Rowan still enjoyed doing small projects and stage performances. In November of 1980, he appeared in front of the Queen at the Royal Variety Performance. In December he was appointed to the board of directors of Edinburgh Festival Fringe Society. He was also voted Royal Variety Club Showbiz Personality of the Year and the Society of West End Theatres 1981’s Comedy Performer of the Year. He also was in many small movies such as Death, Whatever Happened to Bernard Fripp?, and Summertime. He had a small cameo in the 1983 bond film Never Say Never Again as Mr. Small-Fawcett.
“THE BLACK ADDER SERIES ONE AND TWO”
Rowan returned to doing his own work when he teamed up with Richard Curtis to make a BBC series called The Black Adder. The film takes place in medieval England under the rule of Richard III and Richard IV. Rowan plays Edmund, Duke of Edinburgh, next in line after Richard IV for the throne of England. The film aired on 15 June 1983. There were many problems with this Blackadder. It takes place during a very dark and cold period in England’s history and it is extremely difficult to add humor, even slapstick and crude humor, to this. While the series wasn’t a failure, it wasn’t considered a success also. Comedian stars such as Peter Cook, Brian Blessed, Rik Mayall, Angus Deayton along with Tony Robinson and Tim McInnerney add to the shows appeal.
The second series was aired in 1985 and was more successful. The show was shot on a set, contrary to being filmed on location like the first episodes. This series takes place in the court of Queen Elizabeth. The characters are actually descendants of the orignal characters. Rowan Atkinson stars again (of course!) as the bastard great-grandson Edmund Blackadder of the original Black Adder. Miranda Richardson does a wonderful job of playing Queen Elizabeth, along with Stephen Fry and Patsy Byrne.
To read a review of the Blackadder episodes, click Blackadder Episode Reviews
“PLAYS AND BROADWAY”
Rowan Atkinson returned to the stage to play in Larry Shue’s comedy play titled The Nerd. It opened at the Aldwych Theatre and followed with mixed reviews. None of them pleased Rowan and he finally accepted to do a show at Broadway. The show was in October of 1986. While Rowan did many other stand-up live shows and plays to prepare for it, nothing could have prepared him for what happened. The show was at the Atkinson Theater and titled Rowan Atkinson at the Atkinson accordingly. The show closed after only 14 performances and foul reviews particularly from Frank Rich from The New York Times. He wrote that Rowan Atkinson was “the Butcher of Broadway”(62) and that “the molding of English and American cultures is not yet complete”(62). While Rowan took great exception to the reviews, he was also relieved to be home and out of Broadway, writing it off as a utterly horrible experience. However, Frank Rich wasn’t finished with his bashing of British humor and also wrote, “As long as teh British public maintains its fondness for toilet humor there will always be an England. Mr. Atkinson is very big on toilet jokes and he is very big in England…”(62) Everyone didn’t share his oppinion, though, including writers from Newsday who said that Rowan “brings us a brand of British humor that travels well”(62).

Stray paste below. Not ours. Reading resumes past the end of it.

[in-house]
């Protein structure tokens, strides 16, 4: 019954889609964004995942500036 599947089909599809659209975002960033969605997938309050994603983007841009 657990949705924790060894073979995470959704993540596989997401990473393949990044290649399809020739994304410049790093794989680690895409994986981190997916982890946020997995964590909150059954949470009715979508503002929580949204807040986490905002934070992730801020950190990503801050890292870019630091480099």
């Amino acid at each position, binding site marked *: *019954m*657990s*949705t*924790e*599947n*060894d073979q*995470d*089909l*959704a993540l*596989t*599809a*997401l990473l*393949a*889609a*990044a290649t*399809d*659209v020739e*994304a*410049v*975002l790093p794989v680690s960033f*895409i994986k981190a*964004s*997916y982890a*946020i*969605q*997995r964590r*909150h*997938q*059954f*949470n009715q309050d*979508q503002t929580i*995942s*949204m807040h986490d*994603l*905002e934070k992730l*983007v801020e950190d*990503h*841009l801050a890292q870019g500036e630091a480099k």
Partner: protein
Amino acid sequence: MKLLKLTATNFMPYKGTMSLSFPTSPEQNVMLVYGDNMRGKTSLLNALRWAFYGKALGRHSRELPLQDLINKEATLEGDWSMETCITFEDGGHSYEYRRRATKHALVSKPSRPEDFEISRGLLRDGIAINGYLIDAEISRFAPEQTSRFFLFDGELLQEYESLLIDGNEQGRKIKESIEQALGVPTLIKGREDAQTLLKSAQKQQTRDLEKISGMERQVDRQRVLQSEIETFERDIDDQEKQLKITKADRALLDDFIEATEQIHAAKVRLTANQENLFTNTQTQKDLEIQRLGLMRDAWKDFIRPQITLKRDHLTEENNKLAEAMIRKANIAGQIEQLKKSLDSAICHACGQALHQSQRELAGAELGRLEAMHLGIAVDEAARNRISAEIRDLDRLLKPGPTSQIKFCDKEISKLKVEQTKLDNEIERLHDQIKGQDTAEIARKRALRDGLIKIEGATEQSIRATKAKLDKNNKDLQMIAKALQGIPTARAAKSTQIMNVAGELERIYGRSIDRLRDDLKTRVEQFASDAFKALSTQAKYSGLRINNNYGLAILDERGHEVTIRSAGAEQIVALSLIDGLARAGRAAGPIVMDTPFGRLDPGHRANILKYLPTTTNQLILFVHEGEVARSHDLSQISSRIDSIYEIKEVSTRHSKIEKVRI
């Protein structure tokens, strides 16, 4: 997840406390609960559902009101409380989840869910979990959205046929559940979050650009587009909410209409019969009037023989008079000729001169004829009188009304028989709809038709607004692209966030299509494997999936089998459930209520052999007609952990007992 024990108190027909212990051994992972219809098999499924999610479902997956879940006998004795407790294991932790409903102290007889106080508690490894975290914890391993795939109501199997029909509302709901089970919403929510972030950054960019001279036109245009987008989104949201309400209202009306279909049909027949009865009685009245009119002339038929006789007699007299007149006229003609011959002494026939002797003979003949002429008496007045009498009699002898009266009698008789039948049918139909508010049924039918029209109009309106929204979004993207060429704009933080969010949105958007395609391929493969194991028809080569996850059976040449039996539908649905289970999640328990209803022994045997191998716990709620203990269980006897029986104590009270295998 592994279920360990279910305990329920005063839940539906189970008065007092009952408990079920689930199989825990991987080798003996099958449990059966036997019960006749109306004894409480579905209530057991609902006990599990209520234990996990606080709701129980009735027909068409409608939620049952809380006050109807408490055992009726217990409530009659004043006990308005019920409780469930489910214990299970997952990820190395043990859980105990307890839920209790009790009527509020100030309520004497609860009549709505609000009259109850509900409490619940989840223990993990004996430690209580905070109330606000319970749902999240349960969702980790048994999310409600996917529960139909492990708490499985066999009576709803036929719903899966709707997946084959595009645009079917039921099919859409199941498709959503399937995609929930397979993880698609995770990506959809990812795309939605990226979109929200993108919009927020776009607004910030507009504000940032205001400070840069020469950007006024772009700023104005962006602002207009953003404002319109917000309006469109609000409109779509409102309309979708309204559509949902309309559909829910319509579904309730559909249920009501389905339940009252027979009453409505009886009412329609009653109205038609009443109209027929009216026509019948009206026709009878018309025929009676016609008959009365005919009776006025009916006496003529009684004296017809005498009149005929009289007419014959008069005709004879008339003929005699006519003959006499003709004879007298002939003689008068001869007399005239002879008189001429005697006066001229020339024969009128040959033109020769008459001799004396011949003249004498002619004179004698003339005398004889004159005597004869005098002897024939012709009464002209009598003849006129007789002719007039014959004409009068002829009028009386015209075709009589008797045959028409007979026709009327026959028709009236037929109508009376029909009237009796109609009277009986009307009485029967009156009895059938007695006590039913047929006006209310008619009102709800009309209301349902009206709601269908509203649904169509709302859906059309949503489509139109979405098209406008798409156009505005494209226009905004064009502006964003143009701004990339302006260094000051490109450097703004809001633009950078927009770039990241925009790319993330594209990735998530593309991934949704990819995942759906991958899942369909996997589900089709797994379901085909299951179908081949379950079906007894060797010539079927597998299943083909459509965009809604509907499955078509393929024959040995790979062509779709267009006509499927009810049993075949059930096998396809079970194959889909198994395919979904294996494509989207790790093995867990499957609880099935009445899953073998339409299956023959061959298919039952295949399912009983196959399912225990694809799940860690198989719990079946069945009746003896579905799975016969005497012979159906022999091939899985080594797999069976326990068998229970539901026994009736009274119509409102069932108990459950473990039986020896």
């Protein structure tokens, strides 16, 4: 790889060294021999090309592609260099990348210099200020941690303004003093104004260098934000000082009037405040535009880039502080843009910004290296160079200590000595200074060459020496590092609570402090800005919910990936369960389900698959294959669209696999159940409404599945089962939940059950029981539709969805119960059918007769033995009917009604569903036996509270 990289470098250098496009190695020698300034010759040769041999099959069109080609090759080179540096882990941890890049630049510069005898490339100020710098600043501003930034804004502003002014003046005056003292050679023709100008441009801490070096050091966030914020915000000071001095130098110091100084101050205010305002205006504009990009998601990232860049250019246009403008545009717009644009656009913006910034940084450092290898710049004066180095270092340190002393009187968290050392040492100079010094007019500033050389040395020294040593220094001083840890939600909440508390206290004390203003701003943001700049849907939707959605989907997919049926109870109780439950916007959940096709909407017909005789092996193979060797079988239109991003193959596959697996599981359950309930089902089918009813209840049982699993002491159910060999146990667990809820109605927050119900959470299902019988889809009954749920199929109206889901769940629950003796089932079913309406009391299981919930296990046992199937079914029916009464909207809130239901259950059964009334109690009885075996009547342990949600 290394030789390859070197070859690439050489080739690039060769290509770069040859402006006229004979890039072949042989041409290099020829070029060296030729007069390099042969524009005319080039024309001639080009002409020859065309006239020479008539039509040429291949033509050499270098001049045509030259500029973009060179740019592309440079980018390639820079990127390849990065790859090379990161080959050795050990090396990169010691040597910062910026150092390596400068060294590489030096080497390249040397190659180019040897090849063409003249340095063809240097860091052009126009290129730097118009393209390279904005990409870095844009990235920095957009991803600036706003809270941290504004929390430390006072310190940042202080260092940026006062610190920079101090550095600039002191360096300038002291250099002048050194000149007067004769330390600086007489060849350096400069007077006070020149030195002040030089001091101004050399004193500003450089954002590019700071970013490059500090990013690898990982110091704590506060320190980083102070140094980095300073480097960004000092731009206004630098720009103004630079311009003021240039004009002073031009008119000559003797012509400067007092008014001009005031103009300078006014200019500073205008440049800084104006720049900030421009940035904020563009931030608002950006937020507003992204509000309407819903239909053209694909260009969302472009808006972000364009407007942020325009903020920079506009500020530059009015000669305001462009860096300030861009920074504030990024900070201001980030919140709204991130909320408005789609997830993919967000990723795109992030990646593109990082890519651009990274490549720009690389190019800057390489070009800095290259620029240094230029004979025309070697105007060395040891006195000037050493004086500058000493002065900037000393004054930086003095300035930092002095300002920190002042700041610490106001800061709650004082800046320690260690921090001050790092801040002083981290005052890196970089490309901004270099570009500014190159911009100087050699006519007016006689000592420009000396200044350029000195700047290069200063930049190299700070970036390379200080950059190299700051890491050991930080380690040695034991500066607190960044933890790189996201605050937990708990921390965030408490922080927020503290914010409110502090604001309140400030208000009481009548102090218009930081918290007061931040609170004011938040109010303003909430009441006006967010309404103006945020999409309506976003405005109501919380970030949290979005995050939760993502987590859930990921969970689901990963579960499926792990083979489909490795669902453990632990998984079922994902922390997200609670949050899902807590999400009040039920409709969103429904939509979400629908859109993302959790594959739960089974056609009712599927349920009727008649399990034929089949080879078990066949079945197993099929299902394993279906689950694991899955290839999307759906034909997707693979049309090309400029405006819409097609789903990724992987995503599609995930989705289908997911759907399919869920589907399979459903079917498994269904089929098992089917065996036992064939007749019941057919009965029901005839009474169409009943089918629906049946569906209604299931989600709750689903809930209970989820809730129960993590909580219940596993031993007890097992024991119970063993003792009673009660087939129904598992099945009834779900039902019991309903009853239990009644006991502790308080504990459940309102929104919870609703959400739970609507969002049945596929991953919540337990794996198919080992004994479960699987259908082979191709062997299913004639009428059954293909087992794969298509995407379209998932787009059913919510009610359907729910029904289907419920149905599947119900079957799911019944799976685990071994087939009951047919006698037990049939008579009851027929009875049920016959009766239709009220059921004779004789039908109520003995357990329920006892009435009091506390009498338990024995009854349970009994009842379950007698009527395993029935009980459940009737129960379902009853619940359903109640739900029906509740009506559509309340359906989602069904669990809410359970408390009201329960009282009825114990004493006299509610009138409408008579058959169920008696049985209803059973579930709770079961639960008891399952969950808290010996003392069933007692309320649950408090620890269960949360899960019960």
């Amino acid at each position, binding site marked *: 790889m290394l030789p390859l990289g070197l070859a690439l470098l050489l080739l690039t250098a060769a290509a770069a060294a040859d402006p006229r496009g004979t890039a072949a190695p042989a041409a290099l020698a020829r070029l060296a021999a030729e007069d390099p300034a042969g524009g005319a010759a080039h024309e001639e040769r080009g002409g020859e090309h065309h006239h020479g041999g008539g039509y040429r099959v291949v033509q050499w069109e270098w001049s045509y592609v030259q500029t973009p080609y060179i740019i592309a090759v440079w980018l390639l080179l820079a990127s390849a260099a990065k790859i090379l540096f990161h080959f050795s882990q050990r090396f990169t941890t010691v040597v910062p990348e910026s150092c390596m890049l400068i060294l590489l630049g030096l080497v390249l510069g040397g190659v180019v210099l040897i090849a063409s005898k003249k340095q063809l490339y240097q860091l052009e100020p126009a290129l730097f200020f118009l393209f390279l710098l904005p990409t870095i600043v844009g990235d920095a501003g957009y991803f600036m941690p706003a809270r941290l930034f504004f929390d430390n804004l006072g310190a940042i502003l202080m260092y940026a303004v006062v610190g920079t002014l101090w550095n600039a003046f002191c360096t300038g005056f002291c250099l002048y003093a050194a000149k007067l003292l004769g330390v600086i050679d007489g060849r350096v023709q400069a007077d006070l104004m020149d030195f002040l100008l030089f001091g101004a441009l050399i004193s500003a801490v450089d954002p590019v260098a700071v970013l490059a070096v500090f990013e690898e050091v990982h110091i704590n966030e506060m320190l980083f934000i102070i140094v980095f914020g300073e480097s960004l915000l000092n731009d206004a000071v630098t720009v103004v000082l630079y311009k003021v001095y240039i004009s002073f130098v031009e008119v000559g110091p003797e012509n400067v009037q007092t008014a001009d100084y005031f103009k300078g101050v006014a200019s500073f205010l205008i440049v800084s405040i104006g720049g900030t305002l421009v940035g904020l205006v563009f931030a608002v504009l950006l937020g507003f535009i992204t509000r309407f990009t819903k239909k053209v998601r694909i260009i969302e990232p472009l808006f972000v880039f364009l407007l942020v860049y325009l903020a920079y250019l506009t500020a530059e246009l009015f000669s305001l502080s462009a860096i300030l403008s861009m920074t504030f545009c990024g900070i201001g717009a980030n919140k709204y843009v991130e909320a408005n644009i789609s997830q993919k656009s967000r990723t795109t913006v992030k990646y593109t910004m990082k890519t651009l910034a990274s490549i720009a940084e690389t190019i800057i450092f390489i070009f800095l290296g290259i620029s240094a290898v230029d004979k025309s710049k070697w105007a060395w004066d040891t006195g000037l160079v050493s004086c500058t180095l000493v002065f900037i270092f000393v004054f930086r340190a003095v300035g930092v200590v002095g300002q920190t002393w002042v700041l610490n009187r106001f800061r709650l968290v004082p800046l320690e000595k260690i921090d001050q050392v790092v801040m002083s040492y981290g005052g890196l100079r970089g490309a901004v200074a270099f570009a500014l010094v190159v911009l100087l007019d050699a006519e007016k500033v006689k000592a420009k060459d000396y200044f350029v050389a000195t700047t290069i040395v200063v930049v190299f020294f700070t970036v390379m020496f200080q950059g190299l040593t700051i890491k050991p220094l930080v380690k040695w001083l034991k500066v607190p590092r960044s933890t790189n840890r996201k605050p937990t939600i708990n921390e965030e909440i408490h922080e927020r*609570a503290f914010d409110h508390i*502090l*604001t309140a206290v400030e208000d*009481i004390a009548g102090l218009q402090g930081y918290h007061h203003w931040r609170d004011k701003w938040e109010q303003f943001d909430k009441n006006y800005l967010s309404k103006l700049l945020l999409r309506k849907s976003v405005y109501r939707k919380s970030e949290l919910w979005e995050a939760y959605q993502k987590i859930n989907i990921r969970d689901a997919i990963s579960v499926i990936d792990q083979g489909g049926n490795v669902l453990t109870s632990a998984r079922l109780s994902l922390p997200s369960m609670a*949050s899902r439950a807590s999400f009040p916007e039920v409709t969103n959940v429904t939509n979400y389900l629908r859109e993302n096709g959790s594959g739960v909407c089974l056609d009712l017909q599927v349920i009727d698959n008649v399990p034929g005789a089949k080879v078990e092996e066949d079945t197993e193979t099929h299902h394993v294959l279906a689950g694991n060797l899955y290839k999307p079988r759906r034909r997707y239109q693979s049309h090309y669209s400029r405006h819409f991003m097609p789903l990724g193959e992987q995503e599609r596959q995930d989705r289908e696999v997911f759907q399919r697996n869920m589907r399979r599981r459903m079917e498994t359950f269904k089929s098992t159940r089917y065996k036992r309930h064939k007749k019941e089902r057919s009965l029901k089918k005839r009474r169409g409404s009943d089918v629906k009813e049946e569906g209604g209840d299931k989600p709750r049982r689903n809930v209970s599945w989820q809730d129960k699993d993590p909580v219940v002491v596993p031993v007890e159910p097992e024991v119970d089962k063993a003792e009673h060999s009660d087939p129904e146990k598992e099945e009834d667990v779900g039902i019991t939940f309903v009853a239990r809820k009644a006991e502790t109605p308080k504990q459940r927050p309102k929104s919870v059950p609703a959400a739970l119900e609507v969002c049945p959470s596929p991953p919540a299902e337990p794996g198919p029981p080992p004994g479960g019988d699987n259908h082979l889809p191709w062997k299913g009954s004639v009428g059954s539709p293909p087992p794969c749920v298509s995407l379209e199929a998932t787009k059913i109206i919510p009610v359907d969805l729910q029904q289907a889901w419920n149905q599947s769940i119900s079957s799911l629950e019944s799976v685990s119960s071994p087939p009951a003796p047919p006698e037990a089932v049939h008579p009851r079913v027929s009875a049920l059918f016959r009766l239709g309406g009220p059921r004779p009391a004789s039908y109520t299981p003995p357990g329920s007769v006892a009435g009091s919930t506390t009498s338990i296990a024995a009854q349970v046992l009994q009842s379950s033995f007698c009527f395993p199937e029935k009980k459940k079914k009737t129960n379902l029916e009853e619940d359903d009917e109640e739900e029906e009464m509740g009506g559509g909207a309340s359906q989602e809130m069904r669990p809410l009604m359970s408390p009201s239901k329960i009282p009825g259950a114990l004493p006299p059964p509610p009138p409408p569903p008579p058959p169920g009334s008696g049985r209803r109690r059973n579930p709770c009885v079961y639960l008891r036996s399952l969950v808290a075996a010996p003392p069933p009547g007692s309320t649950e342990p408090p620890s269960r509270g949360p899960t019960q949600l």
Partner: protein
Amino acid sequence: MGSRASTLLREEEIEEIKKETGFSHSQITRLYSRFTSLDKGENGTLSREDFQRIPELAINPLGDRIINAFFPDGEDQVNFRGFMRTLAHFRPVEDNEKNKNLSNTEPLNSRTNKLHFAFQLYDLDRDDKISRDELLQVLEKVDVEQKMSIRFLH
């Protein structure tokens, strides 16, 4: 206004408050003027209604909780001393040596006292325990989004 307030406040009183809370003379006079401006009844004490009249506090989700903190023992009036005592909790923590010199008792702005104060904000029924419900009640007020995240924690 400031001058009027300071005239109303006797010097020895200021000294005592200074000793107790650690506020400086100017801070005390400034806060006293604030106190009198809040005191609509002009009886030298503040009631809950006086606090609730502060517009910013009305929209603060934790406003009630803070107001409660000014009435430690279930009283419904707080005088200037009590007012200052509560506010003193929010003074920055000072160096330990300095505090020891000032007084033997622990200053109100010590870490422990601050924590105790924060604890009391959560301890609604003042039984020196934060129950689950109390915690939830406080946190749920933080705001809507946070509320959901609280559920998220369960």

Rowan stayed clear of Broadway. Instead he focused his energy on projects such as a low-budget black and white film with Steven Wright called Appointments of Dennis Jennings in 1989, and he appeared in a collection of short playlets titled The Sneeze with Timothy West and Cheryl Campbell.
In April of 1989, while in the spirit of taking on more ‘serious’ and less ‘toilet-humor’ parts, Rowan co-starred along with Jeff Goldblum and Emma Thompson in the movie The Tall Guy. Goldblum plays a struggling actor who gets a job as a sidekick to a nasty and mean man named Ron Atkinson (played by Rowan Atkinson). This movie has made many parallels to real life. Goldblum is compared to Angus Deayton, who starred with Rowan Atkinson in his Live! performance and ‘Ron Anderson’ is compared to Rowan Atkinson. The actor says that this is just a major exaggeration.
“THE BLACK ADDER SERIES THREE, FOUR AND A CHRISTMAS CAROL”